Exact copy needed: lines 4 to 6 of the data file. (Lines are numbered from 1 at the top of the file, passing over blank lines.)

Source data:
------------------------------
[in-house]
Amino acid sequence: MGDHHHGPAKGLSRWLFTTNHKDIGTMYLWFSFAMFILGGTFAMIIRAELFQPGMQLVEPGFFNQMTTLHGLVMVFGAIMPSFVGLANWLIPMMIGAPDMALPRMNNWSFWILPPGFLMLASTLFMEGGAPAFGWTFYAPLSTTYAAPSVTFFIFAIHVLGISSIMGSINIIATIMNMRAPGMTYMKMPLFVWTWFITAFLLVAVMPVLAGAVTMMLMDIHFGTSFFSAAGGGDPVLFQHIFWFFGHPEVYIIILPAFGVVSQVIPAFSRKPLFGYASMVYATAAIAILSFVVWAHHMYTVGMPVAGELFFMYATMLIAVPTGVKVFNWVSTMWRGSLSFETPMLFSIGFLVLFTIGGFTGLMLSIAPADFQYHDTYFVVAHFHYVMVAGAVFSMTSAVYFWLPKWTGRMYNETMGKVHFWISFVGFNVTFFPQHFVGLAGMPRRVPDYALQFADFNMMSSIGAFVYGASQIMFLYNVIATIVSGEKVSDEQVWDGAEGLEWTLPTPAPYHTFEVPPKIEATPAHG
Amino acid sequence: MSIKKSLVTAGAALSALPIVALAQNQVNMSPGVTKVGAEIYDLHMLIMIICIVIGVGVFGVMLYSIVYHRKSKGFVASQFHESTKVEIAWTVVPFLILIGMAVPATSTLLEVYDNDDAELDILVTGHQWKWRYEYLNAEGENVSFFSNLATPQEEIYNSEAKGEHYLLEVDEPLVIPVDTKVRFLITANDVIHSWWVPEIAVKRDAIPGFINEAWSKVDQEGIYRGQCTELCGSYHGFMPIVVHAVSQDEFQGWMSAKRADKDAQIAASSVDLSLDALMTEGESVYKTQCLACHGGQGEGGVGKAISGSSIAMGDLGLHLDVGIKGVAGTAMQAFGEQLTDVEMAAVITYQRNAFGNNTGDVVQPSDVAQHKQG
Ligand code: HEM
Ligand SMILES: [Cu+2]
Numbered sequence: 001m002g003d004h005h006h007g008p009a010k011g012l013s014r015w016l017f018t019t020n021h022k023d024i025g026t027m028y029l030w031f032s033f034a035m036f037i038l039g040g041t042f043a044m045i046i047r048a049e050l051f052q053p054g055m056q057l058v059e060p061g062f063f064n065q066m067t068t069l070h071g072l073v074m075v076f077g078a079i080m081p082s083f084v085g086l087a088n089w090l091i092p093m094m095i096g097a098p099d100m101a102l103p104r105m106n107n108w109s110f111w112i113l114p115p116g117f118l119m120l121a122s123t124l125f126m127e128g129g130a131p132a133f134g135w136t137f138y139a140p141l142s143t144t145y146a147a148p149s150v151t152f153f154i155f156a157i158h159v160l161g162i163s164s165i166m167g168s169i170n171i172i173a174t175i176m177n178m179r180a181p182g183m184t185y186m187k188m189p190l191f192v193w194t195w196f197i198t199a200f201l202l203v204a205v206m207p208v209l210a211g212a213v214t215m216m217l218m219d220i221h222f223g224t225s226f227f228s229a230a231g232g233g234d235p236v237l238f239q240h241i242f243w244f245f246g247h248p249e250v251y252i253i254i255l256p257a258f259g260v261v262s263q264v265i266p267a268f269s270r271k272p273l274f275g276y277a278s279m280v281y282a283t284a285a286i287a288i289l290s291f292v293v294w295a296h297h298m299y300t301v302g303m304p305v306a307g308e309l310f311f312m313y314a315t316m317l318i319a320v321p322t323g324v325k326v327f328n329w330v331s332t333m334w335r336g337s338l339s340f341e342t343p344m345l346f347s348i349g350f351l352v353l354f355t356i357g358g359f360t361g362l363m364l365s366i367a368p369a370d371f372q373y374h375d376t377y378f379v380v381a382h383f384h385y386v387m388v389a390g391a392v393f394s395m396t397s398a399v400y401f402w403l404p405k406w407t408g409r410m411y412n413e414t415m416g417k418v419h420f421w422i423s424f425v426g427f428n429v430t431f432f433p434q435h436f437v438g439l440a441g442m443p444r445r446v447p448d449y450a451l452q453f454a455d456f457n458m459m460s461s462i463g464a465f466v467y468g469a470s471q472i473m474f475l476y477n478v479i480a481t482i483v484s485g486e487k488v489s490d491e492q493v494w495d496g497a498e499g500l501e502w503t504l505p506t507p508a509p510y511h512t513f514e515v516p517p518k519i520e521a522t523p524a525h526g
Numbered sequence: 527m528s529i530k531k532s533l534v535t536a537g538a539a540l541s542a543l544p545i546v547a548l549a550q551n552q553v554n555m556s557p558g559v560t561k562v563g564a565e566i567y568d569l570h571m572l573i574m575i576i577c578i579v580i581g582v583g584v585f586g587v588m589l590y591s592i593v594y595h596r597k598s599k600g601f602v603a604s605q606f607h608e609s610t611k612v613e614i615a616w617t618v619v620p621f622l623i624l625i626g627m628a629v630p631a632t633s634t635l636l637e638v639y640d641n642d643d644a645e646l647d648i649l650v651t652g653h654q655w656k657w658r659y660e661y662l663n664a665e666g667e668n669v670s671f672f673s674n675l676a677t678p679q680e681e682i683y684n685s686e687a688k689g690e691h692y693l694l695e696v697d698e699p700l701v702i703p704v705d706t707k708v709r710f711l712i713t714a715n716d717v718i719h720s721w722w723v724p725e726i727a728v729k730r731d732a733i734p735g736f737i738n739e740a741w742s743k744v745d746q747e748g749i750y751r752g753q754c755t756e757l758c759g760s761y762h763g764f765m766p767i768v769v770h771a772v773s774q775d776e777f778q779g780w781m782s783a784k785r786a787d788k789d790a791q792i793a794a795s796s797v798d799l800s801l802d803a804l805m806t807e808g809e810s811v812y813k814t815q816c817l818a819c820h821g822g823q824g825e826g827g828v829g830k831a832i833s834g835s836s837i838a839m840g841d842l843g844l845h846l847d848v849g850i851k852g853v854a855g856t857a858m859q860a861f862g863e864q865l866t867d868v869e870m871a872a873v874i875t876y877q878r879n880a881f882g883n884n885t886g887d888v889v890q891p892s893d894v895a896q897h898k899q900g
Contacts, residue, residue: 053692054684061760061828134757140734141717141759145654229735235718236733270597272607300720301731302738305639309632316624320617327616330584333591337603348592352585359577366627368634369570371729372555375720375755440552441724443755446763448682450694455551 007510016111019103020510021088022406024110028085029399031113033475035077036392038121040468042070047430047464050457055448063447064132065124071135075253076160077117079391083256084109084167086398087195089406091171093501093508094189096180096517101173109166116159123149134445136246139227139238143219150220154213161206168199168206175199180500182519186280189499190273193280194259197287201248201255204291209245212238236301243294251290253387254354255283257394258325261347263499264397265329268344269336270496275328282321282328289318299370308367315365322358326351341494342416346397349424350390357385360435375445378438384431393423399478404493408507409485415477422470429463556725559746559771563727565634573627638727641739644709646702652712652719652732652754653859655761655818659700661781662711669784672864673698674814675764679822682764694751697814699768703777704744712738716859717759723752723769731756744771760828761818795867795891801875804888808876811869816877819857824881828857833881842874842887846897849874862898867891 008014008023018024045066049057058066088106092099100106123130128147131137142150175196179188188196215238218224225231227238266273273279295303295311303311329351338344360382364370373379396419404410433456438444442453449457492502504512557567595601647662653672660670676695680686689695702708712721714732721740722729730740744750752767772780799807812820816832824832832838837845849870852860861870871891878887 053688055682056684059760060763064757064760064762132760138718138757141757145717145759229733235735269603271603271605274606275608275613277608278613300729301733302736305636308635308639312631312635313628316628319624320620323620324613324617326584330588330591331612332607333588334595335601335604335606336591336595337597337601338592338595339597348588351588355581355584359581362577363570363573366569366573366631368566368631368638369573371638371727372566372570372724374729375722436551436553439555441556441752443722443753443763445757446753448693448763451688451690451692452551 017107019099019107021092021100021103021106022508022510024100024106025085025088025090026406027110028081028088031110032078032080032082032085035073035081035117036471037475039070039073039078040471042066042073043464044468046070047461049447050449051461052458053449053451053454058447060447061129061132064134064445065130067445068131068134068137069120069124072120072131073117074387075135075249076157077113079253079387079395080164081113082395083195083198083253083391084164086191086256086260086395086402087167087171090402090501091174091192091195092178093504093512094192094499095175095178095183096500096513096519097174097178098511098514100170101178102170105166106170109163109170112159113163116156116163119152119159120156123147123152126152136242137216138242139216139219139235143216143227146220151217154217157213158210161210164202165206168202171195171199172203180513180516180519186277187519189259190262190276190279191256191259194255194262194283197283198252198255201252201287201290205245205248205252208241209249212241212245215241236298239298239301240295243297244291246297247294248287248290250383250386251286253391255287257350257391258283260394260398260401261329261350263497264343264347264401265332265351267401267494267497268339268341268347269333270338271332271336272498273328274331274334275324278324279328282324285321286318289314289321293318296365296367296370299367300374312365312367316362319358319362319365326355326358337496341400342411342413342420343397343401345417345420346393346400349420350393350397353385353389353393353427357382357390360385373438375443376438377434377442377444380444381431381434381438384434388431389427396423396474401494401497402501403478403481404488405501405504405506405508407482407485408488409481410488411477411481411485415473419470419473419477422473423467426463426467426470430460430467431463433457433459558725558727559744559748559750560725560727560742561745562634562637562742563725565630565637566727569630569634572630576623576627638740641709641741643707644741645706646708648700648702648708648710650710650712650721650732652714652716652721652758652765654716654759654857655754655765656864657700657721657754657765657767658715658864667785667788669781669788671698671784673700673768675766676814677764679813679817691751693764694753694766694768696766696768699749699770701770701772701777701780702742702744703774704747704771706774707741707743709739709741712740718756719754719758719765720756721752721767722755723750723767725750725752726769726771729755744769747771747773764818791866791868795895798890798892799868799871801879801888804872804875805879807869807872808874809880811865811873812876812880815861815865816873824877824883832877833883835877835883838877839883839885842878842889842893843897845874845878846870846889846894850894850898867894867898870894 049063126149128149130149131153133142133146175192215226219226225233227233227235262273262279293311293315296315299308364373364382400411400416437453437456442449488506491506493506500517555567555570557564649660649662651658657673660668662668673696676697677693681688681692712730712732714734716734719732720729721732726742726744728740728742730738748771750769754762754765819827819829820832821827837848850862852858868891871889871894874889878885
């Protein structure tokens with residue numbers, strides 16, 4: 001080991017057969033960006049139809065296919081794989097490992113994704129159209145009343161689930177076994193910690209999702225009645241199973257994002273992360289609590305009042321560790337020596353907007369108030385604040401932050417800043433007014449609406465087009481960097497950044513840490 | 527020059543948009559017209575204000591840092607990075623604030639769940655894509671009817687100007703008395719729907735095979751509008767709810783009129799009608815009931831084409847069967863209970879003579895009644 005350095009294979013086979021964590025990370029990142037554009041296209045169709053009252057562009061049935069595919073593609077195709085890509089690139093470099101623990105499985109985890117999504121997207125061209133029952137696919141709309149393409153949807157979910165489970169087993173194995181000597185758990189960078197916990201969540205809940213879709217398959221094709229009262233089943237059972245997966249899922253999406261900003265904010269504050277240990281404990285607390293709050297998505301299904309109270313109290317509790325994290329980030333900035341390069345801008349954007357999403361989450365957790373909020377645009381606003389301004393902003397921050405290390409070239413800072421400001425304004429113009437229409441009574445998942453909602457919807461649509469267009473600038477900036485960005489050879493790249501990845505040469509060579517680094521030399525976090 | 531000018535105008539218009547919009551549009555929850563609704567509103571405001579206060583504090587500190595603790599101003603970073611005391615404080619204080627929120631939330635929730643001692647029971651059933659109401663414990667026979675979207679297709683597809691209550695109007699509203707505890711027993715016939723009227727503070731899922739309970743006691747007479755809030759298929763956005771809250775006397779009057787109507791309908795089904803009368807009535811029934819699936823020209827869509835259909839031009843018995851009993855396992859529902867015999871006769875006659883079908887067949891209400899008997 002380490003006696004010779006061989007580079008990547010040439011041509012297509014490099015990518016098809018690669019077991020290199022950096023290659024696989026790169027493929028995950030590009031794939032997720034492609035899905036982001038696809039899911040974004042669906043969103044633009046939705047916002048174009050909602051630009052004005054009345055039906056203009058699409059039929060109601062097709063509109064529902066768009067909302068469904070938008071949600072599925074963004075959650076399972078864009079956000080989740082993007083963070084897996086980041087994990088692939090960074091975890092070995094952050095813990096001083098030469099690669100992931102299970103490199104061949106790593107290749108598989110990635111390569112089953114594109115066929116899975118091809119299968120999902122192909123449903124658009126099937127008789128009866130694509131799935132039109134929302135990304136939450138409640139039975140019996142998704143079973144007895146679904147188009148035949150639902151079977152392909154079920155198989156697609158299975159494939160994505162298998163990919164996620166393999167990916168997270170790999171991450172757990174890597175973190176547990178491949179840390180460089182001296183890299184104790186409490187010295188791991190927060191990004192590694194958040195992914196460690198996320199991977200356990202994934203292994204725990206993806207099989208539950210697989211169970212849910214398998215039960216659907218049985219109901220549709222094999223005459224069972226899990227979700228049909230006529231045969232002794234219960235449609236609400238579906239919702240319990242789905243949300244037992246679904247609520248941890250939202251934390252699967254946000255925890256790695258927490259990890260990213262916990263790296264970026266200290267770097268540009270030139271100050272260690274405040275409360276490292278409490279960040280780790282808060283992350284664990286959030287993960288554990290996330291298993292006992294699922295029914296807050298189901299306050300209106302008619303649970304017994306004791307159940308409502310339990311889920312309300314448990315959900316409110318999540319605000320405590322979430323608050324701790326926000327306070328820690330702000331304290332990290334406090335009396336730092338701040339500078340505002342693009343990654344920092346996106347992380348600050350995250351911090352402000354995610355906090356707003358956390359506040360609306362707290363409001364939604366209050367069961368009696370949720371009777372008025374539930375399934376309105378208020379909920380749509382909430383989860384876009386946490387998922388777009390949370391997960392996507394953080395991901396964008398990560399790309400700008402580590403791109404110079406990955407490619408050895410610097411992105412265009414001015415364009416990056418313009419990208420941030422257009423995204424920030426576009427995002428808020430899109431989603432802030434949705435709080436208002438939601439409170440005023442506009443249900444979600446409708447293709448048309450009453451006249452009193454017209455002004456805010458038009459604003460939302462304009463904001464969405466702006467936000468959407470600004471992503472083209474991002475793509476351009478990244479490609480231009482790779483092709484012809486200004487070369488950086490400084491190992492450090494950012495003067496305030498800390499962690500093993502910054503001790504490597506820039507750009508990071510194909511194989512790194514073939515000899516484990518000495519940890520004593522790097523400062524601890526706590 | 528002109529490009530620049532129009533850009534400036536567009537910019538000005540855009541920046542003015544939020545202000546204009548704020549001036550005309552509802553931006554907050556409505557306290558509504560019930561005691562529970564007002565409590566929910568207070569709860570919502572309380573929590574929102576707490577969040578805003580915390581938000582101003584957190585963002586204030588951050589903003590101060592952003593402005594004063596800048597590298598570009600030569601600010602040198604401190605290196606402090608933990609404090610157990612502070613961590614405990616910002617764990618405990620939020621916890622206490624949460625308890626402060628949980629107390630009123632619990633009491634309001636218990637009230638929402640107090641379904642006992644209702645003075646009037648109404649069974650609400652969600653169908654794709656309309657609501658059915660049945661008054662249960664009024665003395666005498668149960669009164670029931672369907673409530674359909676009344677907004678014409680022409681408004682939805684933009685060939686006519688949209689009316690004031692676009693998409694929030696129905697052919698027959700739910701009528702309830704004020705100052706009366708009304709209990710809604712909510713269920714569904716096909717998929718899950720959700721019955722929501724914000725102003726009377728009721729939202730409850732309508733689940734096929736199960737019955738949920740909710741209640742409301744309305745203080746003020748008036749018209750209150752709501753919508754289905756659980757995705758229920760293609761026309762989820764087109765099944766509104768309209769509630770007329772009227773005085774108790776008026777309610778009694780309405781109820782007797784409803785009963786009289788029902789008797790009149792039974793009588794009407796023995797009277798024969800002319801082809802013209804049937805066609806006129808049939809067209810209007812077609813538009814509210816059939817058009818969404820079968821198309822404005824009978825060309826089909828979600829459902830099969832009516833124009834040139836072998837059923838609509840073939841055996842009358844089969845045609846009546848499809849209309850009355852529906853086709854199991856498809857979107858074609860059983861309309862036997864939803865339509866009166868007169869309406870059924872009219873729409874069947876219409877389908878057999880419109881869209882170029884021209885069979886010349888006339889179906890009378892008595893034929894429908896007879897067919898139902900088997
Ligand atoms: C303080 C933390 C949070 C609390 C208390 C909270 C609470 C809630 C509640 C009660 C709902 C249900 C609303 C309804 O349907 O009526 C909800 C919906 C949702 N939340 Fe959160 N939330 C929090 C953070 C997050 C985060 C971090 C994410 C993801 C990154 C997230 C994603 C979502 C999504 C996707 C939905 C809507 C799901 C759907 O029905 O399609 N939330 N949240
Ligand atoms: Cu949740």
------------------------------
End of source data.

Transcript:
Ligand code: HEM
Ligand SMILES: [Cu+2]
Numbered sequence: 001m002g003d004h005h006h007g008p009a010k011g012l013s014r015w016l017f018t019t020n021h022k023d024i025g026t027m028y029l030w031f032s033f034a035m036f037i038l039g040g041t042f043a044m045i046i047r048a049e050l051f052q053p054g055m056q057l058v059e060p061g062f063f064n065q066m067t068t069l070h071g072l073v074m075v076f077g078a079i080m081p082s083f084v085g086l087a088n089w090l091i092p093m094m095i096g097a098p099d100m101a102l103p104r105m106n107n108w109s110f111w112i113l114p115p116g117f118l119m120l121a122s123t124l125f126m127e128g129g130a131p132a133f134g135w136t137f138y139a140p141l142s143t144t145y146a147a148p149s150v151t152f153f154i155f156a157i158h159v160l161g162i163s164s165i166m167g168s169i170n171i172i173a174t175i176m177n178m179r180a181p182g183m184t185y186m187k188m189p190l191f192v193w194t195w196f197i198t199a200f201l202l203v204a205v206m207p208v209l210a211g212a213v214t215m216m217l218m219d220i221h222f223g224t225s226f227f228s229a230a231g232g233g234d235p236v237l238f239q240h241i242f243w244f245f246g247h248p249e250v251y252i253i254i255l256p257a258f259g260v261v262s263q264v265i266p267a268f269s270r271k272p273l274f275g276y277a278s279m280v281y282a283t284a285a286i287a288i289l290s291f292v293v294w295a296h297h298m299y300t301v302g303m304p305v306a307g308e309l310f311f312m313y314a315t316m317l318i319a320v321p322t323g324v325k326v327f328n329w330v331s332t333m334w335r336g337s338l339s340f341e342t343p344m345l346f347s348i349g350f351l352v353l354f355t356i357g358g359f360t361g362l363m364l365s366i367a368p369a370d371f372q373y374h375d376t377y378f379v380v381a382h383f384h385y386v387m388v389a390g391a392v393f394s395m396t397s398a399v400y401f402w403l404p405k406w407t408g409r410m411y412n413e414t415m416g417k418v419h420f421w422i423s424f425v426g427f428n429v430t431f432f433p434q435h436f437v438g439l440a441g442m443p444r445r446v447p448d449y450a451l452q453f454a455d456f457n458m459m460s461s462i463g464a465f466v467y468g469a470s471q472i473m474f475l476y477n478v479i480a481t482i483v484s485g486e487k488v489s490d491e492q493v494w495d496g497a498e499g500l501e502w503t504l505p506t507p508a509p510y511h512t513f514e515v516p517p518k519i520e521a522t523p524a525h526g